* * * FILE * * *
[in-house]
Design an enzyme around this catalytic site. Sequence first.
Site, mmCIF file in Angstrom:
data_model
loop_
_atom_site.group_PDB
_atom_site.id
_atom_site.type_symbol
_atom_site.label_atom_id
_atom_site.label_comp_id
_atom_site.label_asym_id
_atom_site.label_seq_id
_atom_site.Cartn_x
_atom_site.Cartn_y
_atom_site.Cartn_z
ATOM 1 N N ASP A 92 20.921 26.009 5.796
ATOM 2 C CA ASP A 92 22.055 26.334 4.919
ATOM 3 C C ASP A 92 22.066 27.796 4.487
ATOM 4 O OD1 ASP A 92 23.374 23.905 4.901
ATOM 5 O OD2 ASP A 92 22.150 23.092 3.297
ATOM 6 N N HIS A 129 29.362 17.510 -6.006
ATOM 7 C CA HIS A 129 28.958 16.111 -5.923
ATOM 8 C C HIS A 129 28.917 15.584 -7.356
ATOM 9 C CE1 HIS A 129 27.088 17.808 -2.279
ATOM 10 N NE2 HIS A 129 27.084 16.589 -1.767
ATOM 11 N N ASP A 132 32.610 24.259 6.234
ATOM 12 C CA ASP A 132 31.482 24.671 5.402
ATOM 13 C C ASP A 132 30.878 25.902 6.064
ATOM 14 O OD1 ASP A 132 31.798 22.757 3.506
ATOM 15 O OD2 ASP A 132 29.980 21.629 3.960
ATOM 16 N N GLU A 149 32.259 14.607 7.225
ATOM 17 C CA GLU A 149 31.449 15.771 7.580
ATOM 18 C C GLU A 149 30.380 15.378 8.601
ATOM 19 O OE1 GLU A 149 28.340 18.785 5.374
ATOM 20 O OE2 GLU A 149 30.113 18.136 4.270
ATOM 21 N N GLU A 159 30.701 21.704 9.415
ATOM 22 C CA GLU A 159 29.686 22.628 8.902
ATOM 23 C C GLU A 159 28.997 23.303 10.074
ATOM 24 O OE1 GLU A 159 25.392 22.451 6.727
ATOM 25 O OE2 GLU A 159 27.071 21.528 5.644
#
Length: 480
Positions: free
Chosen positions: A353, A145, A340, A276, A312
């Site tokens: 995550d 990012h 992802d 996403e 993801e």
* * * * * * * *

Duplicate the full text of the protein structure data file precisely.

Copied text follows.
[in-house]
Design an enzyme around this catalytic site. Sequence first.
Site, mmCIF file in Angstrom:
data_model
loop_
_atom_site.group_PDB
_atom_site.id
_atom_site.type_symbol
_atom_site.label_atom_id
_atom_site.label_comp_id
_atom_site.label_asym_id
_atom_site.label_seq_id
_atom_site.Cartn_x
_atom_site.Cartn_y
_atom_site.Cartn_z
ATOM 1 N N ASP A 92 20.921 26.009 5.796
ATOM 2 C CA ASP A 92 22.055 26.334 4.919
ATOM 3 C C ASP A 92 22.066 27.796 4.487
ATOM 4 O OD1 ASP A 92 23.374 23.905 4.901
ATOM 5 O OD2 ASP A 92 22.150 23.092 3.297
ATOM 6 N N HIS A 129 29.362 17.510 -6.006
ATOM 7 C CA HIS A 129 28.958 16.111 -5.923
ATOM 8 C C HIS A 129 28.917 15.584 -7.356
ATOM 9 C CE1 HIS A 129 27.088 17.808 -2.279
ATOM 10 N NE2 HIS A 129 27.084 16.589 -1.767
ATOM 11 N N ASP A 132 32.610 24.259 6.234
ATOM 12 C CA ASP A 132 31.482 24.671 5.402
ATOM 13 C C ASP A 132 30.878 25.902 6.064
ATOM 14 O OD1 ASP A 132 31.798 22.757 3.506
ATOM 15 O OD2 ASP A 132 29.980 21.629 3.960
ATOM 16 N N GLU A 149 32.259 14.607 7.225
ATOM 17 C CA GLU A 149 31.449 15.771 7.580
ATOM 18 C C GLU A 149 30.380 15.378 8.601
ATOM 19 O OE1 GLU A 149 28.340 18.785 5.374
ATOM 20 O OE2 GLU A 149 30.113 18.136 4.270
ATOM 21 N N GLU A 159 30.701 21.704 9.415
ATOM 22 C CA GLU A 159 29.686 22.628 8.902
ATOM 23 C C GLU A 159 28.997 23.303 10.074
ATOM 24 O OE1 GLU A 159 25.392 22.451 6.727
ATOM 25 O OE2 GLU A 159 27.071 21.528 5.644
#
Length: 480
Positions: free
Chosen positions: A353, A145, A340, A276, A312
């Site tokens: 995550d 990012h 992802d 996403e 993801e």